Why have a private community and economic development corporation?

gcac

The Greater Crisfield Action Coalition was formed in May 2015 based on the findings of the Lofton Report completed fourteen years earlier. The findings of the report were valid then and remain valid today based on the state of the economy in Crisfield. The findings then showed that “Crisfield is a community suffering severe long-term economic distress.” It states further that “By virtually any criteria, population growth (decline), employment/unemployment trends, per capita/per household incomes, and percentage of population living in poverty, Crisfield substantially lags behind regional, statewide, and national averages.  Very little new job creation has occurred as traditional seafood, food processing, and related activities have continued to decline.”

 

As a result of the existing economic conditions, in 2002, Mike Lofton, a highly respected and experienced economic development consultant, was hired “to examine economic development procedures in Crisfield and propose improvements.” The Lofton Report states that from the beginning, it was clear Crisfield did not need another study or more ideas for projects. What Crisfield needed then (and now) was “capacity to implement projects that offer real potential for improving the economy.” What emerged from the $30,000 examination was “the framework for a new organization that has the potential to provide Crisfield with a high-performance economic development team that will mount a sustained program to invigorate the local economy.” Note the need for a “new organization” to “mount a sustained effort” to invigorate the local economy. The bottom line purpose was “to ensure the economic future of Crisfield” through people, a process, and projects.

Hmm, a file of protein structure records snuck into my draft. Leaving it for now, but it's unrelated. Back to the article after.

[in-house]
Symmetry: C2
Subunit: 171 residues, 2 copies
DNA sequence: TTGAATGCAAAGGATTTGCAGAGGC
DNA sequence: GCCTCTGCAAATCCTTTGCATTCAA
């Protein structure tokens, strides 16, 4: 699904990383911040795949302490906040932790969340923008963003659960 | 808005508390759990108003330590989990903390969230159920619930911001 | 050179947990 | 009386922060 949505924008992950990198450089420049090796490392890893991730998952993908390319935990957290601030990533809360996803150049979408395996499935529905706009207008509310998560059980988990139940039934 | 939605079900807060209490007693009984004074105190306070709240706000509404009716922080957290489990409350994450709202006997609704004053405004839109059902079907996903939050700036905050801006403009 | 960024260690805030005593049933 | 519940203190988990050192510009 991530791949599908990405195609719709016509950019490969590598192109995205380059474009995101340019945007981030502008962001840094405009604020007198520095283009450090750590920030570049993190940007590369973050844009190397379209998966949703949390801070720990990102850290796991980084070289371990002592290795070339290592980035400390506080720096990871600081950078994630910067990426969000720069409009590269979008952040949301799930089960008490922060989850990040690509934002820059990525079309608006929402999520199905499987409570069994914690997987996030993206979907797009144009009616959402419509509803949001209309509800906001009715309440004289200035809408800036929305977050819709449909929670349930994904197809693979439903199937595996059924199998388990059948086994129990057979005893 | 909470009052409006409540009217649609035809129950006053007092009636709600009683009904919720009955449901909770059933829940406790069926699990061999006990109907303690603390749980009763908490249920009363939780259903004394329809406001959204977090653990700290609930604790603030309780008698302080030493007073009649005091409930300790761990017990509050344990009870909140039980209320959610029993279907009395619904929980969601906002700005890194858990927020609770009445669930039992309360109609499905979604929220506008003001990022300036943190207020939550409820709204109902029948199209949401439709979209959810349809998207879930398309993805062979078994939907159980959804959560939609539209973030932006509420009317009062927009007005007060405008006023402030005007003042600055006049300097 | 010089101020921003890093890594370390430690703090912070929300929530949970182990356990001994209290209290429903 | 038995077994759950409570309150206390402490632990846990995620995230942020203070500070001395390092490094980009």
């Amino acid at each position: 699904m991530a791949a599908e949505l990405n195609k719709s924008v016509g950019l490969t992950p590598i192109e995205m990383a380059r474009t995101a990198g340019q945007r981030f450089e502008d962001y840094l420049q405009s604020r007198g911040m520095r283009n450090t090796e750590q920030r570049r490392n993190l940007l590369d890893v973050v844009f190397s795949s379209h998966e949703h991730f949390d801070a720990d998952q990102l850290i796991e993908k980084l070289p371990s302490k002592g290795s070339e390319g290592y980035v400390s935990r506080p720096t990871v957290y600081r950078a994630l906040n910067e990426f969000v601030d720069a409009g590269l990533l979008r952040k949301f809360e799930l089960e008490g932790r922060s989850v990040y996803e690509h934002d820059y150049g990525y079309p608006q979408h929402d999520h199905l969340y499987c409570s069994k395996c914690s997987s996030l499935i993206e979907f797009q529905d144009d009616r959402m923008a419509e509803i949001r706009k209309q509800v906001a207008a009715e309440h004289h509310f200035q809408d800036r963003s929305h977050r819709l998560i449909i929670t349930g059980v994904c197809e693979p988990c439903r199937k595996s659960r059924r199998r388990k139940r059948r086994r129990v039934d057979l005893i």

Why create a new organization? Because, the report found that the City government does not have the “capacity” to mount a sustained effort to invigorate the economy. The findings of the Lofton Report were that “Crisfield has essentially no capacity to examine new (or old) opportunities, select those that demonstrate feasibility and successfully implement those chosen. The town’s government is focused on the delivery of essential services [such as water and sewer services, trash pickup, street paving, code enforcement, police protection, etc.] and does not have specific resources or personnel devoted to pursuing economic development activity. When an opportunity presents itself, leadership is created on an ad hoc basis, if at all. Such an approach has been unsustainable over the time periods typically required for significant economic development projects and never generates proactive efforts to initiate economic growth.” In short, the City does not have the personnel or specific resources or time required to follow-up or pursue opportunities that would impact the economy.

 

So what solution did the report recommend? Specifically, the report proposed “a highly focused, professionally staffed, private not-for-profit corporation,” a 501(c)(3) community economic development corporation. The corporation would be “led by a highly qualified all volunteer Board of Directors committed to the corporate mission.” The Board would “maximize the economic potential of this community by serving as a conduit for successful redevelopment, revitalization and new development, while supporting and maintaining Crisfield’s strong sense of community.”

 

The Lofton Report recommended that the corporation would function as the “implementation arm” of the Mayor and Council for economic development activities and would be empowered “to act in an aggressive manner consistent with the policy goals of the Mayor and Council.”